When the Toronto Maple Leafs made Cliff Fletcher their new general manager, Fletcher made made a blockbuster trade with Calgary, where he had previously been general manager. He acquired "Killer" (a nickname given to Gilmour by a St. Louis teammate because of the fierce look in his eyes) as well as many other players that would help the Leafs and their Stanley Cup dreams.
After being named captain of the Maple Leafs, Gilmour started to soar. He helped the team to the playoffs taking down powerhouse Detroit Red Wings in the first best-of-seven series and went on to play his former team the Blues in the second round.
Everyone who saw the game remembers Doug's wraparound goal on Curtis Joseph where he kept going back and forth behind the net and finally slid it into the net behind a sprawling Joseph. That series was also a win for the Leafs as they headed on to the third round and eventually lost to Wayne Gretzky and the Los Angeles Kings.
After many more years as a Leaf and building a large fan base, Gilmour was traded by Fletcher to the Chicago Blackhawks. As luck would have it, Chicago was Toronto's opposition on the night of the last game in the historic Maple Leaf Gardens. Gilmour ended up scoring that game and in the closing ceremonies, Gilmour was given a standing ovation by the Toronto fans, showing that even though he had been traded, he was forever a Toronto Maple Leaf.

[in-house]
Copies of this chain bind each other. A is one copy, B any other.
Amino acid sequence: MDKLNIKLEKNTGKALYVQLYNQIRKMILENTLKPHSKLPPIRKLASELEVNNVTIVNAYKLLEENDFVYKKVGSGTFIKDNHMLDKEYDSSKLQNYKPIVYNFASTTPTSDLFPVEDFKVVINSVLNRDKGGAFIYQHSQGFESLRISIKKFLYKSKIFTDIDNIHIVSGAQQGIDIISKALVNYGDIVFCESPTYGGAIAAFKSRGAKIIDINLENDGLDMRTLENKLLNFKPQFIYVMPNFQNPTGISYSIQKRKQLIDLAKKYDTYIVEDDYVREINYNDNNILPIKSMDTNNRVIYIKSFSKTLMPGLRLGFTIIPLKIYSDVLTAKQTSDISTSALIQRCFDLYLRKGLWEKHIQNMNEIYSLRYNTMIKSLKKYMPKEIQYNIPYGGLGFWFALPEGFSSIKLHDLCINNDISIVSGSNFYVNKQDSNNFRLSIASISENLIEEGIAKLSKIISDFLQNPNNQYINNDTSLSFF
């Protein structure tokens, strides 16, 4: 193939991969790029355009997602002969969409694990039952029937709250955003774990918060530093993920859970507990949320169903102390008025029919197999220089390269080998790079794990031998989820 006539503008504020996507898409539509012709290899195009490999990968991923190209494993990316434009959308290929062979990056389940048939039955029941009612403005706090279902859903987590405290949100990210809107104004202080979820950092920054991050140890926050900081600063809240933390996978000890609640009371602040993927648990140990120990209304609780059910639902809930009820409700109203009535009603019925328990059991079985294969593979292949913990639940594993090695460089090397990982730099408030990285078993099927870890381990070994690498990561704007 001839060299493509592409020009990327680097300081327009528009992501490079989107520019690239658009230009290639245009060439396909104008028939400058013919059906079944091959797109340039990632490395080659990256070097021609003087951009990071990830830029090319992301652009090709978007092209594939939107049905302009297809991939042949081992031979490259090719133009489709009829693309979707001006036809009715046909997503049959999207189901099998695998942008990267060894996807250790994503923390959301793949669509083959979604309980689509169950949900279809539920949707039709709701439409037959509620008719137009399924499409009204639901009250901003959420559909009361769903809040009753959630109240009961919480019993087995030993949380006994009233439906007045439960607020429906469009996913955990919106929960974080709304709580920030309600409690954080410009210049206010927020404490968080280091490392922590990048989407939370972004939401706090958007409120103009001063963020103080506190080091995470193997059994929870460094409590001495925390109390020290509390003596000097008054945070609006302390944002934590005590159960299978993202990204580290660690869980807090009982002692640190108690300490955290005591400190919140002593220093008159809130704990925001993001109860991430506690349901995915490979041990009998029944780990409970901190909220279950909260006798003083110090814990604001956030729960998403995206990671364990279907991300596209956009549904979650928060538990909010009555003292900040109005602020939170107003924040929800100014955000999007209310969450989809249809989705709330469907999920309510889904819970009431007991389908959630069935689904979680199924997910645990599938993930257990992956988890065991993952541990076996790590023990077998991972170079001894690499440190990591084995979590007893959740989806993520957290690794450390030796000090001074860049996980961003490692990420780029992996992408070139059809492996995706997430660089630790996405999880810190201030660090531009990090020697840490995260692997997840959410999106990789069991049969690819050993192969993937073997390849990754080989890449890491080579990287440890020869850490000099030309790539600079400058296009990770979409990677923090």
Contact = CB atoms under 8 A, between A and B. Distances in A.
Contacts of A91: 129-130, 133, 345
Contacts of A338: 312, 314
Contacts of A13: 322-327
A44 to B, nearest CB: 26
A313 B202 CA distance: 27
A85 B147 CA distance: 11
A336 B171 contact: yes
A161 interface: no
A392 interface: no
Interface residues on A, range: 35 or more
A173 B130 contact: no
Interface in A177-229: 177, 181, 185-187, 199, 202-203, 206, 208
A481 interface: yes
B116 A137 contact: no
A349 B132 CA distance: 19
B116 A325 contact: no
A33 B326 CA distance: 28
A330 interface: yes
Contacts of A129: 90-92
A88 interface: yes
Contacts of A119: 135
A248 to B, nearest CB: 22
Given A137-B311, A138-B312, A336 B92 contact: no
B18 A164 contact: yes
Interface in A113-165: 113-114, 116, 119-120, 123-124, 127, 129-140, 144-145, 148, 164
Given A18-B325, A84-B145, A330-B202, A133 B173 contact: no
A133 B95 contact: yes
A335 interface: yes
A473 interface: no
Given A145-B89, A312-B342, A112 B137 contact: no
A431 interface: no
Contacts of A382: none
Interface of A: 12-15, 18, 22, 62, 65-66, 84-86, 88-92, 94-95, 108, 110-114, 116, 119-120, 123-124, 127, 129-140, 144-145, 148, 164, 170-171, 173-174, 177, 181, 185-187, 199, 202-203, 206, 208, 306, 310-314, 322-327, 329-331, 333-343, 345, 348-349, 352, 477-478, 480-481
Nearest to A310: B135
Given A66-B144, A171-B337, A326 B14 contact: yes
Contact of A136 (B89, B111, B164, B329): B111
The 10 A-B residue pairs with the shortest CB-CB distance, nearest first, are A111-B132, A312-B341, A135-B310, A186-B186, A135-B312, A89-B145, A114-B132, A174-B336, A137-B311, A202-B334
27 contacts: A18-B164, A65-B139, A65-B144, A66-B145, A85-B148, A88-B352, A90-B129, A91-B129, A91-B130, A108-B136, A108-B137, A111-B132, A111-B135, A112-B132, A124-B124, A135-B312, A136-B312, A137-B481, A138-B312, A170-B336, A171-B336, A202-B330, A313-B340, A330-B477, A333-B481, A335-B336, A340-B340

After being traded from Chicago to the New Jersey Devils, Gilmour was again traded to the Buffalo Sabres where he spent a couple of seasons. Then Gilmour, a well travelled player by this time, was traded to the Montreal Canadiens, the Maple Leafs' rivals. Gilmour had a good playoff run with the Canadiens but it was cut short by the Carolina Hurricanes in the second round.
Rumors floated around the hockey world that Gilmour wanted to finish his NHL career and he might be retiring. To the delight of Maple Leaf fans the NHL trade deadline of 2003 brought good news: the Maple Leafs had signed Gilmour so that he could finish his career in Toronto. Unfortunately, he suffered a knee injury in his first game back on March 13, and he officially announced his retirement on September 8, 2003.
Gilmour had 450 goals and 964 assists in 1474 games in his NHL career.